1) The route I was hoping to take may not be the best choice.
True. If the user wants your data files on a RAM disk they can create
one and put them there. Such as on Linux making /tmp a ram disk.
2) The task is VERY sensitive to the operating system.
Yes.
3) Some folks in here absolutely hate usage of the ++ tag onto there
favorite language C.
Not necessarily. It is just that C++ is a very different language with
its own new group. So C++ is no more or less topical here than Fortran,
ML, TMS320C25 assembler or any of the other languages other than C that
I have used.
Additionally they have little patience with
anyone who has diminutive skills compared to themselves. I certainly
No, people have a lot of patience with those who have little knowledge
or skill. We have recently had some threads where people with little
knowledge or skill but who wanted to learn and were asking topical (if
simple) questions where the posts were not merely answered but the
original posters complimented. The difference is they were asking C
questions.
apologized, if needed, for using the ++ and I really am trying to
become less stupid.

Even though it would be ideal for there to be an established news
group of experts for my particular challenge ... I will again wish for
some additional advice here in this group.
Complaining at us is not the best method I've ever seen of getting advice.
After all ... my program
(that I have worked years on) is about 96% C and 4% ++. Additionally,
the ++ groups seem to be even faster in slamming up barriers and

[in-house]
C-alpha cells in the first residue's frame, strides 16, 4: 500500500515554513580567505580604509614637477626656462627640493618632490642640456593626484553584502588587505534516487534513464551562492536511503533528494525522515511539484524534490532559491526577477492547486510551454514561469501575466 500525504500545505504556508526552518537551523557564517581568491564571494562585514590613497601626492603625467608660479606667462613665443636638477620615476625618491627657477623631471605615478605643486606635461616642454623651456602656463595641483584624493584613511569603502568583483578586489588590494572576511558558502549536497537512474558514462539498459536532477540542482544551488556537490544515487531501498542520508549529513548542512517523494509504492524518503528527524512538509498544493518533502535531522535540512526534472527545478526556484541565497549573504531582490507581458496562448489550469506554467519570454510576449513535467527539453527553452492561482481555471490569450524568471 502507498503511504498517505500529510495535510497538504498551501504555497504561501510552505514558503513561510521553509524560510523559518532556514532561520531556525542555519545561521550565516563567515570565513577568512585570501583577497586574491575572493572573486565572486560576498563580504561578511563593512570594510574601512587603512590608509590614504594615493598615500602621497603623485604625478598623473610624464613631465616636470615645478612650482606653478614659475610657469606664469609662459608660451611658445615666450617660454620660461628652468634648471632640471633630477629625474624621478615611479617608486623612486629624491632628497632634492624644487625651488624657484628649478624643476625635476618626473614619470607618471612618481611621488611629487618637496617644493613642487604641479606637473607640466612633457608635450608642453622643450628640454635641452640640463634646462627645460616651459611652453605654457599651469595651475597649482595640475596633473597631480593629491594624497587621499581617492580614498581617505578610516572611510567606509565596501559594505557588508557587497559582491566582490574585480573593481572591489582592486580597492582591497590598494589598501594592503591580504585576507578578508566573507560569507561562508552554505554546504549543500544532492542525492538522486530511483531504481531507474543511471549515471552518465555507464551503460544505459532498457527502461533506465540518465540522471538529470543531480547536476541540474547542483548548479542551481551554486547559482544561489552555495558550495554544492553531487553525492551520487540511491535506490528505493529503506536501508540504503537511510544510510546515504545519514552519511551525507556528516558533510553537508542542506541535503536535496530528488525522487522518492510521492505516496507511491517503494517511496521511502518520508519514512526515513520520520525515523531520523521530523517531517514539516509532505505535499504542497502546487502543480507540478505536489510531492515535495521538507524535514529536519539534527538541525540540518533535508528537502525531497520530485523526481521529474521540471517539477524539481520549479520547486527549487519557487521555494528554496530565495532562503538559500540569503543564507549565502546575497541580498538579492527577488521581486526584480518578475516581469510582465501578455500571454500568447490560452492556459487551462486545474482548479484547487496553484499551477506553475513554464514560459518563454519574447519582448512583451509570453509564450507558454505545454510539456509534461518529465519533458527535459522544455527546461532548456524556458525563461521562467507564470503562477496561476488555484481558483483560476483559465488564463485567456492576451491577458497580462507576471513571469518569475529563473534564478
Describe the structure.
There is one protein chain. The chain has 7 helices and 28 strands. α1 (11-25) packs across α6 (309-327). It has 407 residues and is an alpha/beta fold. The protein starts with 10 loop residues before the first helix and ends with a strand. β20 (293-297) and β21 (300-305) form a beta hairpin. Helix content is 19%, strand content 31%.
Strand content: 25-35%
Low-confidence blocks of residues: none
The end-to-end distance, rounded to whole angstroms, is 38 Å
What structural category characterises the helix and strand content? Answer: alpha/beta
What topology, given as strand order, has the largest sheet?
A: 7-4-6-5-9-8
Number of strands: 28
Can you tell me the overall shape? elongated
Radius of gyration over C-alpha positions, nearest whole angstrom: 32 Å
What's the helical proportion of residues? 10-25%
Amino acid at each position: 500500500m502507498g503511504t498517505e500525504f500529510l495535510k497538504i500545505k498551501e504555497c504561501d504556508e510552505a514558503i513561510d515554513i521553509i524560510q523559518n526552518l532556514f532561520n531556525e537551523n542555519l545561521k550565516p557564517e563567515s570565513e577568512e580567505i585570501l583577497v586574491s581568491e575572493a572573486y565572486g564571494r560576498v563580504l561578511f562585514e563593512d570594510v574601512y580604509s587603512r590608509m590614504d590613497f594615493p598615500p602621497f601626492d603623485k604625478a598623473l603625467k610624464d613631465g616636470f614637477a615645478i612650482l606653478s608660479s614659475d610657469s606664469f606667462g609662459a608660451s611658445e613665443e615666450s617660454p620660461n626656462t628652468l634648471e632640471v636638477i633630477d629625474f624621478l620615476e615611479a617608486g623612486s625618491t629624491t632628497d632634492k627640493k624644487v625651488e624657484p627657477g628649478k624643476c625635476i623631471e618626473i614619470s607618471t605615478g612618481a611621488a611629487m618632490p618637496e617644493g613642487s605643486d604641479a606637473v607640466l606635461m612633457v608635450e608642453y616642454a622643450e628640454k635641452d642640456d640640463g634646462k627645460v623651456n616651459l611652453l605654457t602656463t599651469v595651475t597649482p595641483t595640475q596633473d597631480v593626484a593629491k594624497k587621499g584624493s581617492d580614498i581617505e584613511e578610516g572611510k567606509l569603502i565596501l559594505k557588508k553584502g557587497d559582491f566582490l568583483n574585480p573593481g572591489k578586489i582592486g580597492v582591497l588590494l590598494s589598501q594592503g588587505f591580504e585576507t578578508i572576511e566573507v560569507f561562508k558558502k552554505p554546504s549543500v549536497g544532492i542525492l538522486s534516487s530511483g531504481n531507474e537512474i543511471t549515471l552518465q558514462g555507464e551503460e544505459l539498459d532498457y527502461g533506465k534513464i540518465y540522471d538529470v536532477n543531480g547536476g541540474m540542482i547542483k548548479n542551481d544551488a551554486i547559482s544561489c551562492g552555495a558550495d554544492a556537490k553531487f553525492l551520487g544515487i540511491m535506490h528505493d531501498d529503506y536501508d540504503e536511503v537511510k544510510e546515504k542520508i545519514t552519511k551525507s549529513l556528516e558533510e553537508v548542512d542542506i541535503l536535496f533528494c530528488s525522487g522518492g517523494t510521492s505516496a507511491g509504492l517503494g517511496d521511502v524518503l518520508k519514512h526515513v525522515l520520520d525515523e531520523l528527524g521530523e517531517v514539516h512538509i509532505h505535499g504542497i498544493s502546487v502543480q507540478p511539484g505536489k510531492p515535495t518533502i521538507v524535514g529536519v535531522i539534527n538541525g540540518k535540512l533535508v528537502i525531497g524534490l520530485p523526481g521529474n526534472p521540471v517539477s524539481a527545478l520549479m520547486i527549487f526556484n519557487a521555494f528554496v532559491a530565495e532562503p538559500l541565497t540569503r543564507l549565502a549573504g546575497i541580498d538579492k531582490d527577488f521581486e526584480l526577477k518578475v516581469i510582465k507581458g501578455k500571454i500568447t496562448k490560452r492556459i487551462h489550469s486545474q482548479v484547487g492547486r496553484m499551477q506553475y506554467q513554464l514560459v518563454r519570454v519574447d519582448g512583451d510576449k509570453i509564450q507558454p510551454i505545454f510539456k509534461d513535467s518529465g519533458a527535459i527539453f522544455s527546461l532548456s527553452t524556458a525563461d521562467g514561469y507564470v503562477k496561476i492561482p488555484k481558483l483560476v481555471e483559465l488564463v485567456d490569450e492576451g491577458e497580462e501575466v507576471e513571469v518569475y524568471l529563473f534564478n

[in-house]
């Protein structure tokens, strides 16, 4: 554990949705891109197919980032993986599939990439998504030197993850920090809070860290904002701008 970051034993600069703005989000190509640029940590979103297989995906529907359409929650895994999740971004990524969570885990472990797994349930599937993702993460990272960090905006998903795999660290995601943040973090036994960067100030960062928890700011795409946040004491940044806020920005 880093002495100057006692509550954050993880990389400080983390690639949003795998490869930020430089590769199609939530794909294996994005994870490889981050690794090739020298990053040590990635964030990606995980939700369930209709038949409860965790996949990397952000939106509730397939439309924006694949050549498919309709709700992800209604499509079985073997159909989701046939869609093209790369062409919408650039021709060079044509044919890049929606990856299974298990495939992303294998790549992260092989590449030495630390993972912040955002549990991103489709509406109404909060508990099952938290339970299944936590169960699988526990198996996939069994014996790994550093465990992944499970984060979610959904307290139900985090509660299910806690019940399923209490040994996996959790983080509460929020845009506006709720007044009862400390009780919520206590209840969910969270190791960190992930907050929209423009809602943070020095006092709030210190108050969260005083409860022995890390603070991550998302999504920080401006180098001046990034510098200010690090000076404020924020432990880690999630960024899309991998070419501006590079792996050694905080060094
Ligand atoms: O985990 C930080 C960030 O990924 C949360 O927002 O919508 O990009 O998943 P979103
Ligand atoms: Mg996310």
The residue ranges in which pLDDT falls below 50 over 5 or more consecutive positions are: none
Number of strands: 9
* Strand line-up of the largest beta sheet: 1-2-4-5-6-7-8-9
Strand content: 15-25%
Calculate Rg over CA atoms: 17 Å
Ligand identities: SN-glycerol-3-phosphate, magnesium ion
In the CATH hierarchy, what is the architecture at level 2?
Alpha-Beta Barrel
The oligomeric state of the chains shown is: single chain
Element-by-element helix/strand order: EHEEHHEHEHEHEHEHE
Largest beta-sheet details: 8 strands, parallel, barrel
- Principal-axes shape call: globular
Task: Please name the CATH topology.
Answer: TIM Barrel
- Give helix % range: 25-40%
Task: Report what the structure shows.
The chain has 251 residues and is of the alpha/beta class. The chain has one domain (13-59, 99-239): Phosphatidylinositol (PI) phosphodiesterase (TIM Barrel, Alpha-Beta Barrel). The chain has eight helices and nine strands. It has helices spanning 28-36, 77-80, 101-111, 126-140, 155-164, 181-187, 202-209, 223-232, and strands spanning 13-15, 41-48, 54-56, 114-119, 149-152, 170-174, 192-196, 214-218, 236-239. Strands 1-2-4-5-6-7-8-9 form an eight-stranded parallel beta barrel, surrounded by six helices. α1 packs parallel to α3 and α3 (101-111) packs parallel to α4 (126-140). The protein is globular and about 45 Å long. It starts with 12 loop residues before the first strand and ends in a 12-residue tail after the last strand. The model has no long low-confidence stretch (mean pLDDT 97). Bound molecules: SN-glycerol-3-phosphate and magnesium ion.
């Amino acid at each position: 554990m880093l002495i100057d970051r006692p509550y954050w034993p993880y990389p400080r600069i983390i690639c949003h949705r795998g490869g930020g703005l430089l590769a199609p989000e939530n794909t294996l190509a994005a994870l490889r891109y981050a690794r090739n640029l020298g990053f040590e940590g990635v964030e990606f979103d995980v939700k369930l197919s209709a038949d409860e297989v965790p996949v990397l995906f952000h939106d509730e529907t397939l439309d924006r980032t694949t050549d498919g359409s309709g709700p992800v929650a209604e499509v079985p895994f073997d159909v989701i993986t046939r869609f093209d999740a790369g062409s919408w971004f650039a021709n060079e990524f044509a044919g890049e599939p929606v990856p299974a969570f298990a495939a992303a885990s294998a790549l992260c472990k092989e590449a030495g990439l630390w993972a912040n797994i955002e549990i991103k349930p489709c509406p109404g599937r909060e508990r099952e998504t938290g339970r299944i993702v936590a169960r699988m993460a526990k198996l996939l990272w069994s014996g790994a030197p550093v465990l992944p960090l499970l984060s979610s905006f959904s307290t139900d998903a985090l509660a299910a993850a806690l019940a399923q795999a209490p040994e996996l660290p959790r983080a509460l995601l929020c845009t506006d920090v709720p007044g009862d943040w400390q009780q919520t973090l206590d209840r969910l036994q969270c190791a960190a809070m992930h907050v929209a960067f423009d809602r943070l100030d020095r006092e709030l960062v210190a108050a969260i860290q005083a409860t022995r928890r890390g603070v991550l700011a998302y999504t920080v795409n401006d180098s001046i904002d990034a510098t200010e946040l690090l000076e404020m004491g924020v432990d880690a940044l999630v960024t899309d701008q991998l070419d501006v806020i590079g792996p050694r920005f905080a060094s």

crying out that you are in the wrong place! But again, what I hope to
do is within a C program and not something done purely at the
operating system level.
C knows nothing of disks, file systems, space, caching, ram disks or
lots of other stuff. It does know about streams, but which the file name
means is entirely up to the system and nothing to do with C.
Perhaps it is too cumbersome to create the
actual ram disk in C?
You can't in C and you never have been able to. You may be able to do it
with OS specific extensions but that discussion belongs in an OS
specific group.
But that still leaves my need to determine the
free space within the C code and provide logic that
manages the ram drive appropriately.
You can't with standard C. You will have to ask how to do that in a
group dedicated to your system.

<snip>
working. I have no information on how many times blocks of data are
being read from the hard drive. I do know the program is slow. It can
take 60 hours to process 7 years of data while moving the edge of the
window every 3 months.
Then profile it. Until you have *measured* and *know* what the bottle
neck is there is no point in doing anything.
In the past I tried using very large storage arrays. My system has
sufficient memory ... but once I set the array size above
approximately 600,000 the program will not compile. This is
troublesome because Microsoft's help reference indicates that arrays
can be of size_t which provides a limit of 0x7CFFFFFF (or
2,097,151,999 -- if I correctly converted).
Since size_t is not a number I'm and SIZE_MAX is unlikely to be
0x7CFFFFFF I suspect you have misread it. Ask in a Windows news group
since all we know is it is allowing arrays a lot larger than the
standard says it has to.
Most likely there are better ways to solve the problem than using a
Ram disk, but I am clueless to what they may be. I am certainly open
to all suggestions!!
<snip>

Then I *seriously* suggest you profile it. It is possible that even
Windows can manage caching well enough these days and that your problem
is something different.
--
Flash Gordon
Being helpful despite the attitude shown at the start of Tom's post not
because of it.
Aug 28 '06 #14
Ico
Kenny McCormack <ga*****@xmissi on.xmission.com wrote:
In article <44************ ***********@dre ader32.news.xs4 all.nl>,
Ico <us****@zevv.nl wrote: